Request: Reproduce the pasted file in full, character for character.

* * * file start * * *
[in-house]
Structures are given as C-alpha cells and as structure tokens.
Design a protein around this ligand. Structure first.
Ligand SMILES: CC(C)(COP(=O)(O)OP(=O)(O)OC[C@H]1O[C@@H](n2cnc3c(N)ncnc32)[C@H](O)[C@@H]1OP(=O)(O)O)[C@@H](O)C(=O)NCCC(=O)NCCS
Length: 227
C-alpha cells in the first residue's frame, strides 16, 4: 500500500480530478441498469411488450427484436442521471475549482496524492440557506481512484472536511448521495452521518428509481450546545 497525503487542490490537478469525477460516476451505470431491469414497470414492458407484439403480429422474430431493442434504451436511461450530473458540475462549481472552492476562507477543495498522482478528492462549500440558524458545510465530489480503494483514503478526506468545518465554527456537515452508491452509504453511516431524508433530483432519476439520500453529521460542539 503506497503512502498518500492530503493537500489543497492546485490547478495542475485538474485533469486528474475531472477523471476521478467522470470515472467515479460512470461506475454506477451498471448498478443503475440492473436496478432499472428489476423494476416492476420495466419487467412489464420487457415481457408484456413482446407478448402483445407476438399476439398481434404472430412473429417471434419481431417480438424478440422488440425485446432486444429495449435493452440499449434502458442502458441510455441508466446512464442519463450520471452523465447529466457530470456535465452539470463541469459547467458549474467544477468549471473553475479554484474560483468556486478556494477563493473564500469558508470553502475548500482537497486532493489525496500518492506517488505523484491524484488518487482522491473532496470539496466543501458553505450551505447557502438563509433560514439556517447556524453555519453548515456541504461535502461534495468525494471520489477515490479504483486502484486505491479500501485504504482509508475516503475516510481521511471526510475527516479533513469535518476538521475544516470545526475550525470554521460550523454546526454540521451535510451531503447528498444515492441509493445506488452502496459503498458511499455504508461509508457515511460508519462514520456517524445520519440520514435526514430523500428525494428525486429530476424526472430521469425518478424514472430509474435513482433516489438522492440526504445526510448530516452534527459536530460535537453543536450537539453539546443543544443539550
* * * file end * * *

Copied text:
[in-house]
Structures are given as C-alpha cells and as structure tokens.
Design a protein around this ligand. Structure first.
Ligand SMILES: CC(C)(COP(=O)(O)OP(=O)(O)OC[C@H]1O[C@@H](n2cnc3c(N)ncnc32)[C@H](O)[C@@H]1OP(=O)(O)O)[C@@H](O)C(=O)NCCC(=O)NCCS
Length: 227
C-alpha cells in the first residue's frame, strides 16, 4: 500500500480530478441498469411488450427484436442521471475549482496524492440557506481512484472536511448521495452521518428509481450546545 497525503487542490490537478469525477460516476451505470431491469414497470414492458407484439403480429422474430431493442434504451436511461450530473458540475462549481472552492476562507477543495498522482478528492462549500440558524458545510465530489480503494483514503478526506468545518465554527456537515452508491452509504453511516431524508433530483432519476439520500453529521460542539 503506497503512502498518500492530503493537500489543497492546485490547478495542475485538474485533469486528474475531472477523471476521478467522470470515472467515479460512470461506475454506477451498471448498478443503475440492473436496478432499472428489476423494476416492476420495466419487467412489464420487457415481457408484456413482446407478448402483445407476438399476439398481434404472430412473429417471434419481431417480438424478440422488440425485446432486444429495449435493452440499449434502458442502458441510455441508466446512464442519463450520471452523465447529466457530470456535465452539470463541469459547467458549474467544477468549471473553475479554484474560483468556486478556494477563493473564500469558508470553502475548500482537497486532493489525496500518492506517488505523484491524484488518487482522491473532496470539496466543501458553505450551505447557502438563509433560514439556517447556524453555519453548515456541504461535502461534495468525494471520489477515490479504483486502484486505491479500501485504504482509508475516503475516510481521511471526510475527516479533513469535518476538521475544516470545526475550525470554521460550523454546526454540521451535510451531503447528498444515492441509493445506488452502496459503498458511499455504508461509508457515511460508519462514520456517524445520519440520514435526514430523500428525494428525486429530476424526472430521469425518478424514472430509474435513482433516489438522492440526504445526510448530516452534527459536530460535537453543536450537539453539546443543544443539550